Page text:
By Catherine Nyambura*
Gender equality is discussed as part of our lunch time banter, as a crucial component for development at national, regional and global levels. Across the world, no country has achieved gender equality even though various interventions, legislations and actions have been put forward to close the gap in education, economy and politics between men and women, boys and girls.
One of the areas where deliberate efforts to address gender inequality are required is the global economic governance architecture. We have witnessed women and girls take hits, lose livelihoods and become disenfranchised because of a global economy that perpetuates patriarchy, the worst form that continuously puts money in the hands of governments and men to the detriment of women who serve as foot soldiers, carrying out the back-breaking work (both literally and figuratively).
During the Third International Conference on Financing for Development (the outcome documents can be found here), global access of factors of production by countries and individuals alike was put to the table discussing the global resources;who controls them and how this ownership has defined the global economic governance as we know it today.
Even though at the preamble of the outcome document governments committed to invest and advance gender equality and women’s empowerment, this commitment was watered down in the rest of the document as the articulation seemed to favour investments in women and girls as smart economics. For governments to honour commitments on investing in women and girls, priorities should also be placed in the financing of the Beijing Declaration and Platform for Action and the Programme of Action of the ICPD Beyond 2014 which have and continue to progressively advance the rights of women and girls over the last 20 years since their adoption and review conferences. The two frameworks have recently undergone their +20 year reviews in which a broader articulation of women’s rights and gender equality is clearer and more progressive, building upon the initial conversations in Cairo and Beijing in 1994 and 1995 respectively.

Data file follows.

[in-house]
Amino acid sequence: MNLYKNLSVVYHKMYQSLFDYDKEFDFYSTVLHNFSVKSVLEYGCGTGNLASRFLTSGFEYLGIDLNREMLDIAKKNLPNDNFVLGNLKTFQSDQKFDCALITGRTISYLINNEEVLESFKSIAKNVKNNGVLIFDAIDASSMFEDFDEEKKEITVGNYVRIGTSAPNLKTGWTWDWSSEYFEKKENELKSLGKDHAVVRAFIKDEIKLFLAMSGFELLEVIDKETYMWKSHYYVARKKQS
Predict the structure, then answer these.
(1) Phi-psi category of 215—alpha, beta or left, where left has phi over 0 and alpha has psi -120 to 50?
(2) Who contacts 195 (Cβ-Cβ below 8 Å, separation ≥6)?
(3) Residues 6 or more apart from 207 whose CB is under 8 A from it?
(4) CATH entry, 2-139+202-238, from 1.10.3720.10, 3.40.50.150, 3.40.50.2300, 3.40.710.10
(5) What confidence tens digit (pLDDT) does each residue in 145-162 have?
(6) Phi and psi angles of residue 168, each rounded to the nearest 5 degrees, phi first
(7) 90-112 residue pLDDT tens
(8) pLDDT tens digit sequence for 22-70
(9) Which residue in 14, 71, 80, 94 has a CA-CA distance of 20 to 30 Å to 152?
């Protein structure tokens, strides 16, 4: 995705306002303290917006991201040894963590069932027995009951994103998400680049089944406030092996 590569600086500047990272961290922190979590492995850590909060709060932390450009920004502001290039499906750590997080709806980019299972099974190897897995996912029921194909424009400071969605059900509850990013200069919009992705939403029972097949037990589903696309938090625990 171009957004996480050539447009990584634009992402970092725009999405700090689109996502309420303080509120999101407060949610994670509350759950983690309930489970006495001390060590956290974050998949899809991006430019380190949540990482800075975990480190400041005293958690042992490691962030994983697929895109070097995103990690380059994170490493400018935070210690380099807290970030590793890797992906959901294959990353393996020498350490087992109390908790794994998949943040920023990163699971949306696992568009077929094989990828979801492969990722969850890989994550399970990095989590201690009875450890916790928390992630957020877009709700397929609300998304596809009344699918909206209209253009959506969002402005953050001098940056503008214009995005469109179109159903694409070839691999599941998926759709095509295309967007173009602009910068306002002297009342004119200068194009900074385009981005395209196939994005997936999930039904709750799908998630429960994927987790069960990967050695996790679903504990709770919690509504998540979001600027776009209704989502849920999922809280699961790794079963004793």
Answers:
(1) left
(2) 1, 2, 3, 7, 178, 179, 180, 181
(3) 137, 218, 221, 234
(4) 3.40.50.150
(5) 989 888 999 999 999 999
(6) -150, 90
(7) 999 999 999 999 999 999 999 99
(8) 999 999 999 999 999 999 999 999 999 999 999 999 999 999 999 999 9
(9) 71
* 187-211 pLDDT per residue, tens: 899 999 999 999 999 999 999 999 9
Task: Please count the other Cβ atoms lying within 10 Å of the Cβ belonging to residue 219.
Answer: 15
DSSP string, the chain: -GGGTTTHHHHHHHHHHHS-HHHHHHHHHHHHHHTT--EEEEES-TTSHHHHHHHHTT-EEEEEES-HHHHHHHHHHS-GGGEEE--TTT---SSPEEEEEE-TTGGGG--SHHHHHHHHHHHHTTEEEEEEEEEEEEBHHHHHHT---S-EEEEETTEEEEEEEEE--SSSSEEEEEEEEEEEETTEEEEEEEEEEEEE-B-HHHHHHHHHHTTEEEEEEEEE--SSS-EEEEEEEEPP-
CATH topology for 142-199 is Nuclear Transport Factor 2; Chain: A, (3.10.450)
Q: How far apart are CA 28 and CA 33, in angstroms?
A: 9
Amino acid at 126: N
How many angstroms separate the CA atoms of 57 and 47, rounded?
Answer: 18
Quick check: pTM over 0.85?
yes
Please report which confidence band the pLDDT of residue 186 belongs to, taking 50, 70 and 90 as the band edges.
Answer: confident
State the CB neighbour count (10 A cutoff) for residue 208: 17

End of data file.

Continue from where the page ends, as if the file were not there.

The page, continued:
The contribution of women and girls to the economy goes beyond productivity and growth. Governments must value unpaid care work which, even though recognised as a target in the post 2015 development agenda is not strongly articulated in the final outcome of the Addis Ababa Action Agenda. The under regulated global economy that led to the global financial crisis in 2008 continues to disenfranchise women and girls. Women and girls have continued to act as shock absorbers in times of financial crisis,who as a majority of the informal sector are further taxed to close resource gaps. During the food crisis they directly bore the brunt of high food prices. During the energy crises, they were forced to further trek long distances for firewood. This is in addition to suffering from the high prices of essential commodities.
The concerted efforts by governments to welcome private sector as a primary key player in development poses risks escalating further human rights violations. This, if done through foreign direct investments, is further worsened when women are marginalised from accessing factors of production such as land, capital and technology. This is aside from being disenfranchised when big corporations are allocated land by governments leading to forced evictions, loss of livelihoods and worsened poverty. This is a burden added onto the already existing cultural systemic issues that make access to these factors a highly contentious discussion.
The Addis Action Agenda takes us a few steps back from where we got with the Doha and Monterrey consensus. This is a shame especially given the global call for a transformative post 2015 development agenda. More so is when the world having committed to the post 2015 development agenda where world leaders commit to;- end poverty, eliminate inequalities and tackle climate change. To be realised, these commitments would require an ambitious financing architecture that addresses systemic issues in a fundamental and revolutionary manner — which the Addis Action Agenda unfortunately fails to do.
The progress made on issues such as youth engagement is commendable, as well as an attempt to make steps towards regulating global taxes.
The Addis Action Agenda is out, but the fight and struggle towards social justice is not over.
Aluta continua is all we can say for now.
Catherine Nyambura is the Deputy Director of Dandelion Kenya. She is a feminist passionate about sexual and reproductive health and rights and works hard to ensure the issues of young women and girls gain visibility. Connect with her on Twitter @catherinenyamb1 and on firstname.lastname@example.org.